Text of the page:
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Elephant’s Trunk

Thursday 5 June 2008, by Sébastien Duffillot

Elephant’s Trunk

The trunk, the elephant’s most prominent characteristic, is muscle with no bone. It comprises an extremely extended upper lip and nose, and is used to put grass, leaves and water in the mouth. Elephants consume approximately 250 kg of fodder per day and drink up to 100 litres of water. The trunk of an adult elephant weighs 150 kg on average and contains more than 150,000 muscles.

The trunk is also used as a trumpet, to pull trees apart and tear off leaves, to breathe and to throw dust or water. It acts as a snorkel when crossing rivers or as a swat to drive away flies. It is a tactile and olfactory organ which the elephant uses to communicate within the herd and to detect scents carried by the wind.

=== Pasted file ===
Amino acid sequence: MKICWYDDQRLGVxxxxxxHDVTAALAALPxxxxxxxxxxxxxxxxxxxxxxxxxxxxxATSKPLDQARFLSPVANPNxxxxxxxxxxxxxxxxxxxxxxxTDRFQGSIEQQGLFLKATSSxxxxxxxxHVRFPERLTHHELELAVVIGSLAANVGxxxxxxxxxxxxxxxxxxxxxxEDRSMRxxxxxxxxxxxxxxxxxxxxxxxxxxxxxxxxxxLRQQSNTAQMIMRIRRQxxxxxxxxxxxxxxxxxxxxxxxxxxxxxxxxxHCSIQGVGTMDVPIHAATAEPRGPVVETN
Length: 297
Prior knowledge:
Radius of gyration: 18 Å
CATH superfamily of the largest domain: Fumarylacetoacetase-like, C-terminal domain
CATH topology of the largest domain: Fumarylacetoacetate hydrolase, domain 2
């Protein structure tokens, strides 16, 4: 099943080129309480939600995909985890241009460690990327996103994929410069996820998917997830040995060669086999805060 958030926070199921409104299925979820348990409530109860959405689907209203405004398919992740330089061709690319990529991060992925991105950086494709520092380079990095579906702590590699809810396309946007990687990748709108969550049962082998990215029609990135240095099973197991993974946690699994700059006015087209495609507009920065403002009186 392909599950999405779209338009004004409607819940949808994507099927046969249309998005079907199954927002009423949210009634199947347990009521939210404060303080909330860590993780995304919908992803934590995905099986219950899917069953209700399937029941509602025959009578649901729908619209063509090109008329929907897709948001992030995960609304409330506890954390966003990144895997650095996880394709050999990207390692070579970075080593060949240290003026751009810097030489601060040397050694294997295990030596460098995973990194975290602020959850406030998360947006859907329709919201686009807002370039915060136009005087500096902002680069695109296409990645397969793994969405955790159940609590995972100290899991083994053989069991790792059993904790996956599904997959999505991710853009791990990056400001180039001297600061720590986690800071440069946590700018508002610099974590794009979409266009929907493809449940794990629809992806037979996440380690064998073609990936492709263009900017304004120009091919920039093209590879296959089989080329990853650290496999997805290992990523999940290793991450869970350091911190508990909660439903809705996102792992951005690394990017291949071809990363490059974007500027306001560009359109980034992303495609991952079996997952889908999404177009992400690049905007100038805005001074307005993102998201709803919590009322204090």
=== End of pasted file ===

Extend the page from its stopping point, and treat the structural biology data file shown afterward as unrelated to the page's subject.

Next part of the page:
Using the finger-like lobe at the end of its trunk and the suction action of its two nostrils, an elephant can collect and examine small objects. The trunk of an Asian elephant can suck in 5 litres-8.5 litres of water before delivering it to the mouth. A trunk can pick up both a coin and a 250-kg tree trunk.

Used like a club, the trunk is a terrifying weapons: in combat, while a male usually uses its tusks, its trunk can literally knock out a weaker adversary.



Asia and Africa

Tusks and teeth






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